WHERE TO START 

People often don’t know where to start to get the mental health services they need. We want you to feel confident that there is help available.
 

We always recommend starting with your GP and having a chat with them about what is going on for you. Your local GP or other health professionals can help connect you with the right mental health service.

HOW A GP CAN HELP

 

Even if you are not sure your are experiencing a mental health problem, a good place to start is with your GP.

When you see your doctor, they will assess what help you need. This could include:
• making a mental health assessment
• creating a mental health treatment plan (MHTP)
• referring you to a psychiatrist or other mental health professional
• giving you a prescription for medicines to treat depression or anxiety.

 

Be sure to book a longer consultation when you make the appointment.

HOW TO GET A MENTAL HEALTH treatment PLAN (mhtp)

  • A MHTP is a plan your doctor writes with you about treating a mental health condition.  

  • Your mental health treatment plan will have goals agreed by you and your doctor.

  • It will also have treatment options and support services available. 

  • It also helps you to access eligible, private allied health professionals like psychologists, social workers or occupational therapists who can help you to get better and live well.

  • Medicare can offer a rebate for up to 10 counselling sessions per year with an eligible Psychologist , Occupational Therapist or Social Worker.

 

Find out more on the headspace website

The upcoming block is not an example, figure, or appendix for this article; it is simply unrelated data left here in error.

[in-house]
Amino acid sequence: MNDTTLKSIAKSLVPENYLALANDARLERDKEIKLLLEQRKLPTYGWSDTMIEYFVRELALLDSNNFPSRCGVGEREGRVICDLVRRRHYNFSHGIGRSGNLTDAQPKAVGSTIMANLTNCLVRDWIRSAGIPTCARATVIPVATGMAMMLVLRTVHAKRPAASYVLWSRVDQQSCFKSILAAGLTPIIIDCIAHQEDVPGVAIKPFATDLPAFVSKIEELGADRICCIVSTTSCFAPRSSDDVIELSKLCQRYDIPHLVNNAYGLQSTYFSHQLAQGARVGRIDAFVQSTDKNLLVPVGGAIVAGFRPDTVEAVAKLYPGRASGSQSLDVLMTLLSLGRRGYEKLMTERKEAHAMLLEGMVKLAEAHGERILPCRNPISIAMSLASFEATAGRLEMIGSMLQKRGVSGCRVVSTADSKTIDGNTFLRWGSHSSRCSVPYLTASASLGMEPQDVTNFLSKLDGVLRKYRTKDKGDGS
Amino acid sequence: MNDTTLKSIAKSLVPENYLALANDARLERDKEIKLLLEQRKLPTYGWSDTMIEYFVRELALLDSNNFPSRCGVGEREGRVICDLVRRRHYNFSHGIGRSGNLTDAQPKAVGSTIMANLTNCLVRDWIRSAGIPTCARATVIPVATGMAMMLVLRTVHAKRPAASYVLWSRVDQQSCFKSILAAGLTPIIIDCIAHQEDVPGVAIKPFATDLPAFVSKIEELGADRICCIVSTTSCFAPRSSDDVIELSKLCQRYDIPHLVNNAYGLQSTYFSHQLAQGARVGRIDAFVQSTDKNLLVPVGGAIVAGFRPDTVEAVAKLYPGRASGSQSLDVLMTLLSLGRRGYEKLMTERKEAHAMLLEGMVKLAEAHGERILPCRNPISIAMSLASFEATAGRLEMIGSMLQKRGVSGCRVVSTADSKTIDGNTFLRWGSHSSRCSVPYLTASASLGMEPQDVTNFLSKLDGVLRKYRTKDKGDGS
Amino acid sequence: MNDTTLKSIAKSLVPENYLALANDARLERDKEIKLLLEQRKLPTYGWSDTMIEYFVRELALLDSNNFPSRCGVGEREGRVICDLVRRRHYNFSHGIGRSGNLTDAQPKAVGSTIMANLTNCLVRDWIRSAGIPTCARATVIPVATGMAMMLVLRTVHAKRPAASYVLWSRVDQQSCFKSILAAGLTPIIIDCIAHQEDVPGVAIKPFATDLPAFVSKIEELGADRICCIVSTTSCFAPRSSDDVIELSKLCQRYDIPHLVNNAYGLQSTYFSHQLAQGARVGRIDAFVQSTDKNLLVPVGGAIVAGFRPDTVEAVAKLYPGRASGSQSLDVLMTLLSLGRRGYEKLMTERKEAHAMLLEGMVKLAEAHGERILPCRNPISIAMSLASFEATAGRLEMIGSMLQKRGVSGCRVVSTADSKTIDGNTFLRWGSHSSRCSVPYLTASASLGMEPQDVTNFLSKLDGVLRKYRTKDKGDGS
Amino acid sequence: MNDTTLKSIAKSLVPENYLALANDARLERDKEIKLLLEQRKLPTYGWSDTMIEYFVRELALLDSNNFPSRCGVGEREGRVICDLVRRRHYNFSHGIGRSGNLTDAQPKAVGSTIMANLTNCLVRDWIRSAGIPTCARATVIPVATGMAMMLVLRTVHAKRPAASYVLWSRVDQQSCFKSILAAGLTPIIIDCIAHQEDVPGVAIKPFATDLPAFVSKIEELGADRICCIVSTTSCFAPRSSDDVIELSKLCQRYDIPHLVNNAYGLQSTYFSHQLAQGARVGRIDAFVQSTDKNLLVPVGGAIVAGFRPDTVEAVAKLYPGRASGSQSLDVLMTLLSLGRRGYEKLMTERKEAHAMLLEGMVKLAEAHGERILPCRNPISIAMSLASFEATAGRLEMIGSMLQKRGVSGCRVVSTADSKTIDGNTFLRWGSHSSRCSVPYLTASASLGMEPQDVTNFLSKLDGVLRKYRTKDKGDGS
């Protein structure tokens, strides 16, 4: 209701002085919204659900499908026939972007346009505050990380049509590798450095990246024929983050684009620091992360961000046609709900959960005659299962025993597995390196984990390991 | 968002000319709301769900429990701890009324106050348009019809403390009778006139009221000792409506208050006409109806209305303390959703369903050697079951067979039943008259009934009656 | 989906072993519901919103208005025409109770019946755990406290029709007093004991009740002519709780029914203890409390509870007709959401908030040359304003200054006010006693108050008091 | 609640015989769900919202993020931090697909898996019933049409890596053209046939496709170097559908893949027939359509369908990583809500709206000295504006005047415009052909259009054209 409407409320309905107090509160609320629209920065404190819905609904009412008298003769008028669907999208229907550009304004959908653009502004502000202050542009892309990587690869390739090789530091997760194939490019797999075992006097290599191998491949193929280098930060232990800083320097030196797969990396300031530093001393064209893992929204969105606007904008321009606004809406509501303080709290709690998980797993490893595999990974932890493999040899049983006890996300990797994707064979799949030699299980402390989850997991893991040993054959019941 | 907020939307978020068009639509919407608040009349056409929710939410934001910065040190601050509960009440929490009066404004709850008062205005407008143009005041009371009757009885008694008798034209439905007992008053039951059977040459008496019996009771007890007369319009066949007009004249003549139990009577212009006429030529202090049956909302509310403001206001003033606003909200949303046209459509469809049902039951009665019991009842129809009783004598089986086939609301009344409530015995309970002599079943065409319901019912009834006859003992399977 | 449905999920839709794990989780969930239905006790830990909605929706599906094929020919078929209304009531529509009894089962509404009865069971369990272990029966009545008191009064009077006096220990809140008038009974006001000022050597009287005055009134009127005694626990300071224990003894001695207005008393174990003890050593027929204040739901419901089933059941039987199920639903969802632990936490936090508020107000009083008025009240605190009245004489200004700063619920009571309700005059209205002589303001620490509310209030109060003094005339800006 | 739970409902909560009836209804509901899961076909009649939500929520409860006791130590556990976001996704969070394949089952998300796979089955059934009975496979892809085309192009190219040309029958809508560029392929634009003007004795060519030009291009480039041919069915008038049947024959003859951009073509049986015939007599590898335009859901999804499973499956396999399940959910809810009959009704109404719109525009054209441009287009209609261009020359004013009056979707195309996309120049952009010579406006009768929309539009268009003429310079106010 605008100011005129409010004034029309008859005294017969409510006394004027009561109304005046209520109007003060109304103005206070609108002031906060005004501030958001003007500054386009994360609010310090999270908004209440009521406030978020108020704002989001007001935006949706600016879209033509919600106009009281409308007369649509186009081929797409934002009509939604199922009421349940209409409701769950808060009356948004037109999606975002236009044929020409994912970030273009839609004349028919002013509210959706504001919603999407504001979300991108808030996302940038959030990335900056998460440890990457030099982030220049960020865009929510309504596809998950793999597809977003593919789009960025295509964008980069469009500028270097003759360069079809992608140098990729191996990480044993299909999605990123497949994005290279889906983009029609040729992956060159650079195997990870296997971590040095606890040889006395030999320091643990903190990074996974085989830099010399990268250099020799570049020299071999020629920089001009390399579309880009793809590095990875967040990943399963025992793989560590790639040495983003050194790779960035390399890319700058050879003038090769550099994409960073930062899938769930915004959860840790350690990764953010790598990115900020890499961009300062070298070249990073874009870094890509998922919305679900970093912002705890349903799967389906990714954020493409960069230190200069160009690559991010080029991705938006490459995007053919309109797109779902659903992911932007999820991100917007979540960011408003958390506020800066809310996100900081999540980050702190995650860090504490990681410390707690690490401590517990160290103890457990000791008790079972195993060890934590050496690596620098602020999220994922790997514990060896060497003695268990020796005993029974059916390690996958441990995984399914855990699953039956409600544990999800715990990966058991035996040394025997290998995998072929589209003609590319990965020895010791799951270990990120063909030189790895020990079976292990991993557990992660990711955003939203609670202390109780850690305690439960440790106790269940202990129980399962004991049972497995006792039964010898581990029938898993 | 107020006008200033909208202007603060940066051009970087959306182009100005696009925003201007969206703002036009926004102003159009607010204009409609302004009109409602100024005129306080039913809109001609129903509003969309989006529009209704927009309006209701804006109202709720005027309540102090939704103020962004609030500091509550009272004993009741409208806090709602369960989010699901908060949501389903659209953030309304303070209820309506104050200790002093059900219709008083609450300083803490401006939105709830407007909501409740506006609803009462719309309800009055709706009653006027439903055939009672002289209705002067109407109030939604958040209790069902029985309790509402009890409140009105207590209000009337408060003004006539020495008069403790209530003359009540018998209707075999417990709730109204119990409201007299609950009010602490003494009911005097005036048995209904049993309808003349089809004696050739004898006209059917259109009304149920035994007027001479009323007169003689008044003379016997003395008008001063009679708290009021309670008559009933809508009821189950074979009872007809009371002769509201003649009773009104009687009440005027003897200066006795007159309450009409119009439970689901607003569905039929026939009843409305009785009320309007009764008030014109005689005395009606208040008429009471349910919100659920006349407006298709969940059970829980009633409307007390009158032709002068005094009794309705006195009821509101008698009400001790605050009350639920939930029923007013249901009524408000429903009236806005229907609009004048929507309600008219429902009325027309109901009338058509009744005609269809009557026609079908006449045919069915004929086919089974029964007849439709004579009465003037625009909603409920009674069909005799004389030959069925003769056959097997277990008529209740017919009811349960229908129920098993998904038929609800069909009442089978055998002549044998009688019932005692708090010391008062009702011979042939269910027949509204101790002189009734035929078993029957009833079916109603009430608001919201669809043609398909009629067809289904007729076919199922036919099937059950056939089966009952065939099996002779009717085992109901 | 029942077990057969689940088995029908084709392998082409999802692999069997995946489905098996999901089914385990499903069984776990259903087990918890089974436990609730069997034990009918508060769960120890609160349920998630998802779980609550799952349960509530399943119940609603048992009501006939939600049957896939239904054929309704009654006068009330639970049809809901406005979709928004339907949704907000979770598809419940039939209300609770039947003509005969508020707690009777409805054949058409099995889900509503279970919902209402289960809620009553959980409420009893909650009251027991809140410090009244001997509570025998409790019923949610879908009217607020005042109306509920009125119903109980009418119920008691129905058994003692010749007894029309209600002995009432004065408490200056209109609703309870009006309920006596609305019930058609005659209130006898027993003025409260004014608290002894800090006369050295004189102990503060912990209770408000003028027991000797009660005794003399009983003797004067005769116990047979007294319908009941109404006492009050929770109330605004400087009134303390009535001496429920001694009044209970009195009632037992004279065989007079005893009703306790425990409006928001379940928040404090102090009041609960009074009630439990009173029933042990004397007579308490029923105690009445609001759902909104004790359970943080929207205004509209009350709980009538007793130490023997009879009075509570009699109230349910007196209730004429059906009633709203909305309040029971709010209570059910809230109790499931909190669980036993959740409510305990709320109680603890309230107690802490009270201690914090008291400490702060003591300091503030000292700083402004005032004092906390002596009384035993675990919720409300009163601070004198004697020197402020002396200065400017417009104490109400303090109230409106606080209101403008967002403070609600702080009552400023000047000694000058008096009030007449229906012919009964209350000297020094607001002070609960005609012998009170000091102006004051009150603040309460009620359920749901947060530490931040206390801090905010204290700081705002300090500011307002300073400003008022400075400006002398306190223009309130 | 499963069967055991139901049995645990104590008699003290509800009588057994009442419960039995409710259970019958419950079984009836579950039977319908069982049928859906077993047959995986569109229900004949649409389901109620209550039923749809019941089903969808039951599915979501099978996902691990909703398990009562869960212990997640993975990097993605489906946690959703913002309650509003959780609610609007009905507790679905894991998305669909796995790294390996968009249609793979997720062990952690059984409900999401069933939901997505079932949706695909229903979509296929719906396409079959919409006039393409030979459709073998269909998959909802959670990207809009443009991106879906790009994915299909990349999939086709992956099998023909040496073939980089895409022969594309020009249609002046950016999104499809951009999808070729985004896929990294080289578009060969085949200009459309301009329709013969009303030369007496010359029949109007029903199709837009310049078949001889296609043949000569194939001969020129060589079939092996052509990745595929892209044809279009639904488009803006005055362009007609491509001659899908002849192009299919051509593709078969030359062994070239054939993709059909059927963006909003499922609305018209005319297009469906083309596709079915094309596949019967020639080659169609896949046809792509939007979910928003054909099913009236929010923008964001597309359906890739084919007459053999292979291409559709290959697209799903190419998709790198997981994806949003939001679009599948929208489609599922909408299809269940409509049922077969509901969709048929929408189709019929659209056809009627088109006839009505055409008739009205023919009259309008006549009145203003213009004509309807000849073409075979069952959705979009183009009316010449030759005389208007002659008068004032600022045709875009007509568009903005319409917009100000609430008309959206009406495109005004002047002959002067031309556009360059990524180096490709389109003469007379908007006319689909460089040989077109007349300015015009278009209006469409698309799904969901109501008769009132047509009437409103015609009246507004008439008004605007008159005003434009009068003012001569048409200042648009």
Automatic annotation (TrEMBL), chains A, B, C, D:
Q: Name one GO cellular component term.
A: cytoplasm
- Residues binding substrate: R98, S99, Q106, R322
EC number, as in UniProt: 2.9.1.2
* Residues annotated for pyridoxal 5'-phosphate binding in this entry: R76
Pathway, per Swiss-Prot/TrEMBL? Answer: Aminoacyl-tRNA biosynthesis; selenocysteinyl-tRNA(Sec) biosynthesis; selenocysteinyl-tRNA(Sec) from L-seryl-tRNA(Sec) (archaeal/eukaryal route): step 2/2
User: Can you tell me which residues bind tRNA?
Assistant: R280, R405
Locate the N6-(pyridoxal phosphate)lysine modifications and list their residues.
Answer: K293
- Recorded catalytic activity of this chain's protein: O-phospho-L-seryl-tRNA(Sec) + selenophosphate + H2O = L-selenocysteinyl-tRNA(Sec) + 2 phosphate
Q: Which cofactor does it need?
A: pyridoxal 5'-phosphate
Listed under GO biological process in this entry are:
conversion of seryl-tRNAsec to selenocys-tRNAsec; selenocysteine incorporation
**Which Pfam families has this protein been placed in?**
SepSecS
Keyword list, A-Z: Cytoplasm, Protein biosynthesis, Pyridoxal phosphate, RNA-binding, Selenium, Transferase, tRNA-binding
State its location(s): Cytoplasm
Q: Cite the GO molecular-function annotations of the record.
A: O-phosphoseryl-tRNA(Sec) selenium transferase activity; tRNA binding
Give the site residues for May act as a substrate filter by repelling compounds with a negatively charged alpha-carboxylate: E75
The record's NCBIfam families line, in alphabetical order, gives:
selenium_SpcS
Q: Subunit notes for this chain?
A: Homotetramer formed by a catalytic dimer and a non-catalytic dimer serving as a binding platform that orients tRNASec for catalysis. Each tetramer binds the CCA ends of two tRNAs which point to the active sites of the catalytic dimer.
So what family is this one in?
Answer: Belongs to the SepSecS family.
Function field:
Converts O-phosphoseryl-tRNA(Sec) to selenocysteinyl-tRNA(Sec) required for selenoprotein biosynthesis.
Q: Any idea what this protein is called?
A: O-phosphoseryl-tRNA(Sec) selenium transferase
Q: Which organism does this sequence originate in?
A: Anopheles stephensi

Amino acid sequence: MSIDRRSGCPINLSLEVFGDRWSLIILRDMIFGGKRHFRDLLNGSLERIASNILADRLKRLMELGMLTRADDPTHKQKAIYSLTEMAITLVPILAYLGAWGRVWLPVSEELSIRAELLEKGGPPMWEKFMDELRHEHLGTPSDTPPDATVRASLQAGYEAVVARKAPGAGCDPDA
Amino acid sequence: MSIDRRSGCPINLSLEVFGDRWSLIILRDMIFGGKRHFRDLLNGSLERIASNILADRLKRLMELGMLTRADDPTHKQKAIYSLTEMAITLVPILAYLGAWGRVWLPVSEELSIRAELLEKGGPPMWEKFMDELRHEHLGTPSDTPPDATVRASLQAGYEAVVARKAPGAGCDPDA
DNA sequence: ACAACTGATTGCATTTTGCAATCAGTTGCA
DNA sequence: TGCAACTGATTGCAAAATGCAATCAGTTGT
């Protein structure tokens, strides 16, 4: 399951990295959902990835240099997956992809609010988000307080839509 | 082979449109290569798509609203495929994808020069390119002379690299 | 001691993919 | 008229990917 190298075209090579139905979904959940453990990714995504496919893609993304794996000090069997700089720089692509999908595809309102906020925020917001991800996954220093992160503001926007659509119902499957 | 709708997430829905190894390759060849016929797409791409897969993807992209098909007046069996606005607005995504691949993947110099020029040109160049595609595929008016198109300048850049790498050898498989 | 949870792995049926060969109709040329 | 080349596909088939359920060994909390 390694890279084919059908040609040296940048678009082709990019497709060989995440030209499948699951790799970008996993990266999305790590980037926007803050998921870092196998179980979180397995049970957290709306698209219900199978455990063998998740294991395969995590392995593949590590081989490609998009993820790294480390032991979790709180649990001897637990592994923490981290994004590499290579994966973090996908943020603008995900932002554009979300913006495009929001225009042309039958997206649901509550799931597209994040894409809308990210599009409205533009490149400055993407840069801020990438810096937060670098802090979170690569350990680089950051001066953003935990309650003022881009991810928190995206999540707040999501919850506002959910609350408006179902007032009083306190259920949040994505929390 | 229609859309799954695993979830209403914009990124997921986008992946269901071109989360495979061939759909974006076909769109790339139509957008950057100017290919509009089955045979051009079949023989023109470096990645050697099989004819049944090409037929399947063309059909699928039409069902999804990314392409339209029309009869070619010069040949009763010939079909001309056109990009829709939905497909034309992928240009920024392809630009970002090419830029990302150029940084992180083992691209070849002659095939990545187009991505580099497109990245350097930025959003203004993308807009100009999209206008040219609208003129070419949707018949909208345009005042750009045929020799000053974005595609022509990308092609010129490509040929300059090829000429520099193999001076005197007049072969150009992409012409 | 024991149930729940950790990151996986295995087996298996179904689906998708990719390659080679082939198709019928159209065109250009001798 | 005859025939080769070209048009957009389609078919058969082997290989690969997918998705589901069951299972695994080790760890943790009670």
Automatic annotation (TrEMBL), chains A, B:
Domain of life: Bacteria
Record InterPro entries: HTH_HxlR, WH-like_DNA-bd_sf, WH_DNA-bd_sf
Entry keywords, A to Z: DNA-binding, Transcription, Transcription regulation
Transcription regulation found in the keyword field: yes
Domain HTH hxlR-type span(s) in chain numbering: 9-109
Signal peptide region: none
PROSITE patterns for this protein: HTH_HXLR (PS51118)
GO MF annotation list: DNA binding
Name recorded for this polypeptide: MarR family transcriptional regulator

When do I need support

Every year 1 in 5 Australians will experience a mental health condition which affects how they feel, think, behave and relate to others.

It’s common to feel unsure and to wonder whether you should try to handle things on your own.

 

Mental illness is a general term that refers to a group of illnesses, much the same way that heart disease refers to a wide range of illnesses and disorders that affect the heart. These conditions cover a wide spectrum from a severe and complex mental illness that significantly impacts the person to a mental health condition which may be temporary as a reaction to the stress in people’s life.

 

This can develop into more severe mental health condition so it’s important to seek help. Referrals are prioritised according to risk and need rather than diagnosis. Urgent care is given to people in crisis and who are at risk and they may be co-managed with other services.

It is always ok to ask for help – even if you’re not sure you are experiencing a specific mental health problem.

 

You might want to seek help if you’re:

  • worrying more than usual

  • finding it hard to enjoy your life

  • having thoughts and feelings that are difficult to cope with, which have an impact on your day-to-day life

  • Having thoughts of ending your life

  • interested to find more support or treatment.

  • Worried about someone that you live with or care for

BROWSE OUR RESOURCES

It's common to feel unsure and to wonder whether you should try to handle things on your own.
It is always ok to ask for help – even if you're not sure you are experiencing a specific mental health problem.

 

© 2020 Deniliquin Mental Health Awareness Group

If you or someone you know has concerns about their mental health, please see the GP or navigate these pages for help. 

If you or someone you know is feeling mentally distressed or suicidal please call Accessline 1800 800 944 or present to the nearest ED department and they will help you access Mental Health Emergency Services.  

If a life is in danger, please CALL 000 straight away.